- Thrifty PayLess. Drug Store News, April 28, 1997[dead link]
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- Yoshihara, Nancy (January 15, 1985). "K mart to Buy Pay Less for About $500 Million". Los Angeles Times.
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- Storch, Charles (July 22, 1981). "Discounter here? The Plot thickens". Chicago Tribune.
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- Pyatt, Rudolph A., Jr. (February 10, 1983). "Dart Drug to Spin Off Part of Trak Auto Chain". Washington Post. p. B1. (subscription required (. )) Alternate Link via ProQuest.
- Groves, Martha (May 29, 1986). "Pacific Lighting Will Buy Thrifty Corp. in Stock Swap: $885-Million Deal Links Parent of Southern California Gas and Operator of State's Biggest Discount Drugstore Chain". Los Angeles Times.
- Kristof, Nicholas D. (May 29, 1986). "Utility Will Buy Drug Chain". New York Times.
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- "Retailer Bought Its Own Plant to Satisfy L.A. Craving for Ice Cream". Los Angeles Times. June 7, 1989. p. A4. Retrieved October 1, 2014. (subscription required (. )) Alternate Link via ProQuest.
- Luna, Nancy (September 14, 2010). "Sneak peek: Inside Thrifty Ice Cream factory". Orange County Register. Retrieved October 5, 2014.
- "New Ice Cream Plant To Open In El Monte". Los Angeles Times. May 30, 1976. p. F8. Retrieved October 5, 2014. (subscription required (. )) Alternate Link via ProQuest.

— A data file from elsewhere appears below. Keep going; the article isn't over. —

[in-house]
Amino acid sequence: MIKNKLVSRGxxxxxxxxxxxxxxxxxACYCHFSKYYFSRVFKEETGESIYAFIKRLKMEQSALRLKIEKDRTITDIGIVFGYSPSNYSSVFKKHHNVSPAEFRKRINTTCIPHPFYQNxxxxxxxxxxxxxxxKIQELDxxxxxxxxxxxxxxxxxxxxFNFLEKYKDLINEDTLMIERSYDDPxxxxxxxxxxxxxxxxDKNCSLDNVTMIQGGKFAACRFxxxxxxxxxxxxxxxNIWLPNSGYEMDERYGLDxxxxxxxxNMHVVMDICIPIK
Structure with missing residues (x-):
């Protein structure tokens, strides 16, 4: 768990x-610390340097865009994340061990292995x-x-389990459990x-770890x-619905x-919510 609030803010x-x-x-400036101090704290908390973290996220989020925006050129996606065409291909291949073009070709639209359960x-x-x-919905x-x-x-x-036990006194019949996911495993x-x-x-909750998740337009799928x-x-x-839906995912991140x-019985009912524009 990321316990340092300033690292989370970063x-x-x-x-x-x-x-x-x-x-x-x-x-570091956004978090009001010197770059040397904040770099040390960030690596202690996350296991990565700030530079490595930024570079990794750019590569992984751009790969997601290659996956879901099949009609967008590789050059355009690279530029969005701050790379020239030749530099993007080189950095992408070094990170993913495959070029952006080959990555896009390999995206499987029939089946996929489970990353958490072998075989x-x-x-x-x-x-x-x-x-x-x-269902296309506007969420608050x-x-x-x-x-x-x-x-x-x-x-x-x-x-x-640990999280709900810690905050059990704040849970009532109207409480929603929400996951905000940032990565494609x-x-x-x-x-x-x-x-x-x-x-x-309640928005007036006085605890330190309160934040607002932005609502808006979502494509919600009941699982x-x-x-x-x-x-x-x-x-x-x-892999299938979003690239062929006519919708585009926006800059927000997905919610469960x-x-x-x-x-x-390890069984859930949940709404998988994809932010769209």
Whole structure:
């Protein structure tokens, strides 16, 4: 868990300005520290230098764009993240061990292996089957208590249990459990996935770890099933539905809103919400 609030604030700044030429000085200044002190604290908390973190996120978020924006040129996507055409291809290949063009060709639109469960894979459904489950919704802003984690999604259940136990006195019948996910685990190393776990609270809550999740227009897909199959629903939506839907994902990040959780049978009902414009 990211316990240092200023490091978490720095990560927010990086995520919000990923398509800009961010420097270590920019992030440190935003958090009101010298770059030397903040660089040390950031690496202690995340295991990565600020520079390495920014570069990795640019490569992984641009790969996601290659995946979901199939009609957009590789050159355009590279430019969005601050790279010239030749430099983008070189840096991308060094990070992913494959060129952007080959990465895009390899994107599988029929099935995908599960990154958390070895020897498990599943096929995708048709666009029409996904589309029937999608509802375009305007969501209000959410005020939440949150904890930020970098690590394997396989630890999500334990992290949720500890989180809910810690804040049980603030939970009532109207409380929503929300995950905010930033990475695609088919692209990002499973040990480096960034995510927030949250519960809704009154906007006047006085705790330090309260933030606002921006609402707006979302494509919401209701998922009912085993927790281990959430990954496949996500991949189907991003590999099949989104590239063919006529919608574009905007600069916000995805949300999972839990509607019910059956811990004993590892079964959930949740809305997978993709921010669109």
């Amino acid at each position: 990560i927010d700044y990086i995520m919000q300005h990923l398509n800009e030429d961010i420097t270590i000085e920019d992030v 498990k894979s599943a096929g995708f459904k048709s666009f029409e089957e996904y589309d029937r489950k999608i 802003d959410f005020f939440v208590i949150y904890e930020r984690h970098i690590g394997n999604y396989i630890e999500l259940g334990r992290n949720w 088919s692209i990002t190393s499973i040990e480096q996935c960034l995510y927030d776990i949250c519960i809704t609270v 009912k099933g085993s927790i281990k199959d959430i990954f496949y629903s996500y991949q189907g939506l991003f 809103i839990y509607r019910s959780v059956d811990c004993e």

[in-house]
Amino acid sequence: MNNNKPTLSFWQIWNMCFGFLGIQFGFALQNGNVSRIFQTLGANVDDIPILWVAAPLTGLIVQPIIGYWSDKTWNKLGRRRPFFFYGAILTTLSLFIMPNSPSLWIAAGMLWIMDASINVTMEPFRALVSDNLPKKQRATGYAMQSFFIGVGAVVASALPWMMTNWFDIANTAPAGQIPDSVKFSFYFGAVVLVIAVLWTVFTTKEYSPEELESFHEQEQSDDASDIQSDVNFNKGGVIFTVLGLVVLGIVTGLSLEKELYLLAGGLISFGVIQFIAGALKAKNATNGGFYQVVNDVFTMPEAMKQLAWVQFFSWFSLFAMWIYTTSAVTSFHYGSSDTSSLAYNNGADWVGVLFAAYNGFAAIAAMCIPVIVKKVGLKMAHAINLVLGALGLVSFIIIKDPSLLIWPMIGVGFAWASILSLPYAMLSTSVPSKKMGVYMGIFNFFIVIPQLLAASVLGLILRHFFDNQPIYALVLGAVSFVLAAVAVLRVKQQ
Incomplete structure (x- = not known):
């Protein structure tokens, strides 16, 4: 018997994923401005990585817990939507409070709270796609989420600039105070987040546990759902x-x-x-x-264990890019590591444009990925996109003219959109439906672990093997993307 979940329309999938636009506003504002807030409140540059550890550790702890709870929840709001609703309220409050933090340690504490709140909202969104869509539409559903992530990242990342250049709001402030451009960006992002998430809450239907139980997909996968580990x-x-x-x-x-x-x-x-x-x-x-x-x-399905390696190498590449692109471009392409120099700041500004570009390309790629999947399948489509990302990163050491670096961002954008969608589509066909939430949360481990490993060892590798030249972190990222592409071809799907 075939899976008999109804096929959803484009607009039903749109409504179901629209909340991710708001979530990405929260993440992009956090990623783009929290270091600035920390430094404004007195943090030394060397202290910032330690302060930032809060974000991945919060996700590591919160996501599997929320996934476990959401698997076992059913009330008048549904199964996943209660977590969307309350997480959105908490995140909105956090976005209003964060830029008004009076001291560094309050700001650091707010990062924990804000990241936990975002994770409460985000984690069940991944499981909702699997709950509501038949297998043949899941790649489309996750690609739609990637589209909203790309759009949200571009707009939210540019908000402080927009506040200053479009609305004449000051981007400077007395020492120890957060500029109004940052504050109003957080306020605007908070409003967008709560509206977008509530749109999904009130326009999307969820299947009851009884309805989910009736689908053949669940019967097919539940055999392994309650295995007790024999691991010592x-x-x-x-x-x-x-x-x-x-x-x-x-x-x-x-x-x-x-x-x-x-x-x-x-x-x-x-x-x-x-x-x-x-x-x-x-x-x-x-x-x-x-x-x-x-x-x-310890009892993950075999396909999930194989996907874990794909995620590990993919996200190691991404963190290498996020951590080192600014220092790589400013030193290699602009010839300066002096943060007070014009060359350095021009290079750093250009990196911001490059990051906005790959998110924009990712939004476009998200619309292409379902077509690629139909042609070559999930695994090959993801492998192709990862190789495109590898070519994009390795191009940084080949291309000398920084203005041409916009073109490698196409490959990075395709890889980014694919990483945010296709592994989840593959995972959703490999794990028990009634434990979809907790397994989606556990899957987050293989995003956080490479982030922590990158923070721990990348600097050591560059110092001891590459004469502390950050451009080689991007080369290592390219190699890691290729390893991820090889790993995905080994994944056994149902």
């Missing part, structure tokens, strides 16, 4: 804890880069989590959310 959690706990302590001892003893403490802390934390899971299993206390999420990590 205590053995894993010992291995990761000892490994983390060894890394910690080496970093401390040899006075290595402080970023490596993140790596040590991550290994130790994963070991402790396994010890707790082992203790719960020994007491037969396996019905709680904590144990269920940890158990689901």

- Valdespino, Anne (August 19, 2014). "A blast from the future: High tech vs. low tech ice cream". Orange County Register. Retrieved October 5, 2014.
- "Thrifty Drug Ice Cream Wins 13th Annual Honor" (PDF). Torrance Herald. September 21, 1961. p. 8. Retrieved October 5, 2014.
- "Rite Aid's Thrifty Unveils New Lineup to Celebrate National Ice Cream Day: New Thrifty Lineup Just in Time for Presidentially Designated National Ice Cream Day on July 17". Santa Barbara Independent. July 13, 2011. Retrieved October 5, 2014.
- "Thrifty Ice Cream Awarded 1st Prize At L.A. County Fair". Los Angeles Sentinel. October 6, 1949. p. A6. Link via ProQuest.
- "Thrifty Ice Creams Win Gold Medal" (PDF). Torrance Herald. September 15, 1960. p. 18. Retrieved October 5, 2014.
- "Ice Cream Test Results Listed". Long Beach Press Telegram. August 28, 1952. p. 15. Retrieved October 5, 2014.
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- "1976 Thrifty Ad". Los Angeles Times. April 8, 1976. p. F20. Retrieved October 7, 2014. (subscription required (. )) Alternate Link via ProQuest.
- "1981 Thrifty Ad". Los Angeles Times. September 24, 1981. p. K38. (subscription required (. )) Alternate Link via ProQuest.
- Traverso, Jeff (July 10, 1991). "Ice Cream: Here's the scoop". Lodi News-Sentinel. p. 1. Retrieved October 5, 2014.
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- Hanania, Joseph (October 19, 1995). "A Higher Authority: Overseeing the Kosher Boom". Los Angeles Times.
- "Bon Suisse". Helados Thrifty (in Spanish). Retrieved October 2, 2014.
- "Thrifty Ice Cream, toda una experiencia para los sentidos". Vallarta Opina (in Spanish). May 15, 2014. Retrieved October 2, 2014.
- "Historia". Helados Thrifty (in Spanish). Retrieved October 2, 2014.
- Masunaga, Samantha (October 28, 2015). "What customers need to know about Walgreens' takeover of Rite Aid". Los Angeles Times.
- "Walgreens' Purchase Of Rite Aid Has People Screaming For Thrifty Ice Cream". CBS. October 27, 2015.